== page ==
Companies are being transformed by rapid evolution of technologies and their ability to meet supply chain challenges. During Pandemic, 76% of companies increased the use of digital network technologies, according to a poll. Some of the most innovative solutions used a combination of existing digital applications and emerging technologies.
List of technology innovations is long and quite intimidating. There is acceleration in innovation plus the vendor ecosystem is rapidly developing. For many leadership teams, implementation brings up new challenges and risks, such as scaling solutions across heterogeneous operations. Resulting into some companies taking full advantage of new technologies. Only 8% of firms have achieved their targeted business outcomes from investments in digital technology, as per a recent survey. Several executives are eager to turn their supply chains into a competitive wonder weapon, which innovations will provide the greatest advantage and how they can make the most of exciting new IT solutions. Successful companies view challenges differently.
Supply chain systems can transform through core-light technology in a rapid and flexible way to transform legacy. Many companies are able to reach to this flexibility by shrinking the ERP software core, therefore it becomes a single source of truth for crucial data required by multiple applications.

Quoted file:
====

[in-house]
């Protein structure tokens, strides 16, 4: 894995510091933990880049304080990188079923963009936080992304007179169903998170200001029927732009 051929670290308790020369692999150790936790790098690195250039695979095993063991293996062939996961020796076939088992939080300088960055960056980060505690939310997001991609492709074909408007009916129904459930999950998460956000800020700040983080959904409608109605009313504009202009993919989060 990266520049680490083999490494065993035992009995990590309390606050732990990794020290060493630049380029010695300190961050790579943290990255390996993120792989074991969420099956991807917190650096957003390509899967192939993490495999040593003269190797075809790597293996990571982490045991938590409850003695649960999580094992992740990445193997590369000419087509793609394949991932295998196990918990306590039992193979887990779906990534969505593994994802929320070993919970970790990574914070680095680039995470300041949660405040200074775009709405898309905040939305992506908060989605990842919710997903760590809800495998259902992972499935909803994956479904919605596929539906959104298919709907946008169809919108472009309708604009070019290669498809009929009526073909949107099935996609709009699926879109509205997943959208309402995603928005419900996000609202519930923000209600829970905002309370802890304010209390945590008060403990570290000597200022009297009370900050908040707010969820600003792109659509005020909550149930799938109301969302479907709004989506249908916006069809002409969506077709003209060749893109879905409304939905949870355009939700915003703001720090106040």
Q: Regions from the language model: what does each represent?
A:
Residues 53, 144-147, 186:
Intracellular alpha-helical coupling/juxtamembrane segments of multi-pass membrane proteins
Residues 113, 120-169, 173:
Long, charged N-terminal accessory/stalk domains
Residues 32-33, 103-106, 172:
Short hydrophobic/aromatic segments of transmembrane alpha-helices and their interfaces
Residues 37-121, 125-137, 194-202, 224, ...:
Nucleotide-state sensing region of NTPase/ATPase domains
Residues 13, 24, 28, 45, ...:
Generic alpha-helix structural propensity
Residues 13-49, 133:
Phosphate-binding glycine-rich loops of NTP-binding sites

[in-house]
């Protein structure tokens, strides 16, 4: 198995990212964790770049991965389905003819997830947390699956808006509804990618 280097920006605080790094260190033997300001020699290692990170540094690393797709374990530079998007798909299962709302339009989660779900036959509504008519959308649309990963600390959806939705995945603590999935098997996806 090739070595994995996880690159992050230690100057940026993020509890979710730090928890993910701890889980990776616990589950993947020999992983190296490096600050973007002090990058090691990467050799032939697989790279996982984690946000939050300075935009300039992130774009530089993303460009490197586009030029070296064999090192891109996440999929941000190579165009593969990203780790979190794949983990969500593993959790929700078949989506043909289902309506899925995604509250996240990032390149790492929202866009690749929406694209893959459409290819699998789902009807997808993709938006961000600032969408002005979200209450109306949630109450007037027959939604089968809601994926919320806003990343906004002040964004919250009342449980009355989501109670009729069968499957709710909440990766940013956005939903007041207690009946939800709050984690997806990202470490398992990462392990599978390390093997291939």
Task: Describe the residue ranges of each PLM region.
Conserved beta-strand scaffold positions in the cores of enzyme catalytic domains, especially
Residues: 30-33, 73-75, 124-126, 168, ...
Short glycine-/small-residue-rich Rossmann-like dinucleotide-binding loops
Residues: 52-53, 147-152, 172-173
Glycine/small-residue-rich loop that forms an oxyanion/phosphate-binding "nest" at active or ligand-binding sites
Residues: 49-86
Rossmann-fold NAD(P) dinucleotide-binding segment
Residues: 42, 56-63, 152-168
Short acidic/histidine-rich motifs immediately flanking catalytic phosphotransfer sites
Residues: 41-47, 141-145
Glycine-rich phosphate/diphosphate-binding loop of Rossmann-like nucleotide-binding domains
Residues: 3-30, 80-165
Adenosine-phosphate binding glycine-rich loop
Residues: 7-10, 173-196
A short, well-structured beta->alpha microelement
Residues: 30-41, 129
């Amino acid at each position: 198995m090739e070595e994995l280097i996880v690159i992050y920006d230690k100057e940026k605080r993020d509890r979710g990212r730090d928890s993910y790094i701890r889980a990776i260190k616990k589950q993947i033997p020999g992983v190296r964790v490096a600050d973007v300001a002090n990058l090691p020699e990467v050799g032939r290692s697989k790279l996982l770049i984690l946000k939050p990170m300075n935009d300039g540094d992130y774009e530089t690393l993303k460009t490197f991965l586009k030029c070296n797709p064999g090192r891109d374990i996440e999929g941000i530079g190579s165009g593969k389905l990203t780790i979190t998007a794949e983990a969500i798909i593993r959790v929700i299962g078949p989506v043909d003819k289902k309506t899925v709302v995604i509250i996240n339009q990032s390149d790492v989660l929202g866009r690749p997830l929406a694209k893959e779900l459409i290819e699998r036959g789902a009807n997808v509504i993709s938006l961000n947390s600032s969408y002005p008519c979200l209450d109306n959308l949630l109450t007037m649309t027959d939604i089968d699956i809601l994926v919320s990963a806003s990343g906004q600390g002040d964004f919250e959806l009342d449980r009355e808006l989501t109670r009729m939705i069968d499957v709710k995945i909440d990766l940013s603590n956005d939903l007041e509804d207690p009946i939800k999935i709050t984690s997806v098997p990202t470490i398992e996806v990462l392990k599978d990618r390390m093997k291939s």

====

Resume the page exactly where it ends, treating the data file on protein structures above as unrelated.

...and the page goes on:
Recently, many firms who invested in demand planning, forecasting, quality, and logistics systems, but didn’t make them interoperable with the supply chain technology architecture, are now struggling with inconsistent data models. Firms with more flexible architecture eliminate such issues by developing a data strategy and reevaluating current master data-management rules.
Companies that understand their supply-chain organizations requirement for efficient way to secure and exchange data and information with their partners, customers, and the broader ecosystem, succeed. Therefore every input is traced and value is added at every stage of the supply chain, from sourcing of raw materials to distribution to the client. Upstream suppliers and partners in the ecosystem create visibility by pooling information on inputs and the conversion processes these inputs undergo. Circular business models, which extend the lifespan of a product and optimize the environmental footprint of operations, also need to trace products downstream, even beyond the point of sale.